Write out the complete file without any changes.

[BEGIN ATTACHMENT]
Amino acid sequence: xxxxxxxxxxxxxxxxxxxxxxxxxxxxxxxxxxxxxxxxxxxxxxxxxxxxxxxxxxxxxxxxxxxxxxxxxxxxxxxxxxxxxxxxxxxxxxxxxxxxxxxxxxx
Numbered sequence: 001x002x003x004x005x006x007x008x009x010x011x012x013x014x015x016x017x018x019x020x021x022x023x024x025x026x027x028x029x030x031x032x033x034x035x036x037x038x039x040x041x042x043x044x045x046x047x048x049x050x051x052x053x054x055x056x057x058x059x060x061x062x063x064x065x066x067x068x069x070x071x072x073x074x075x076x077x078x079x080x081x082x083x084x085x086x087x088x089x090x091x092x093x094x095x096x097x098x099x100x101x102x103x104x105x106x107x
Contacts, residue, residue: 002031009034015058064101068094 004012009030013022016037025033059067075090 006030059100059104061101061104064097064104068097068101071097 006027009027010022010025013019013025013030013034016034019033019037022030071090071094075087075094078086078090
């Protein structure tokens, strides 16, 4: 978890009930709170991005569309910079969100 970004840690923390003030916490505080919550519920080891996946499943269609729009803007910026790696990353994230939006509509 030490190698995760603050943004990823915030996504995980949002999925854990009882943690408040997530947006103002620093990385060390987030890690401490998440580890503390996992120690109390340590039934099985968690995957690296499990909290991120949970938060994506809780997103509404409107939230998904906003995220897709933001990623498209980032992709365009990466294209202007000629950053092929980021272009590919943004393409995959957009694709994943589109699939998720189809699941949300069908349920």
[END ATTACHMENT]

Amino acid sequence: xxxxxxxxxxxxxxxxxxxxxxxxxxxxxxxxxxxxxxxxxxxxxxxxxxxxxxxxxxxxxxxxxxxxxxxxxxxxxxxxxxxxxxxxxxxxxxxxxxxxxxxxxxx
Numbered sequence: 001x002x003x004x005x006x007x008x009x010x011x012x013x014x015x016x017x018x019x020x021x022x023x024x025x026x027x028x029x030x031x032x033x034x035x036x037x038x039x040x041x042x043x044x045x046x047x048x049x050x051x052x053x054x055x056x057x058x059x060x061x062x063x064x065x066x067x068x069x070x071x072x073x074x075x076x077x078x079x080x081x082x083x084x085x086x087x088x089x090x091x092x093x094x095x096x097x098x099x100x101x102x103x104x105x106x107x
Contacts, residue, residue: 002031009034015058064101068094 004012009030013022016037025033059067075090 006030059100059104061101061104064097064104068097068101071097 006027009027010022010025013019013025013030013034016034019033019037022030071090071094075087075094078086078090
């Protein structure tokens, strides 16, 4: 978890009930709170991005569309910079969100 970004840690923390003030916490505080919550519920080891996946499943269609729009803007910026790696990353994230939006509509 030490190698995760603050943004990823915030996504995980949002999925854990009882943690408040997530947006103002620093990385060390987030890690401490998440580890503390996992120690109390340590039934099985968690995957690296499990909290991120949970938060994506809780997103509404409107939230998904906003995220897709933001990623498209980032992709365009990466294209202007000629950053092929980021272009590919943004393409995959957009694709994943589109699939998720189809699941949300069908349920």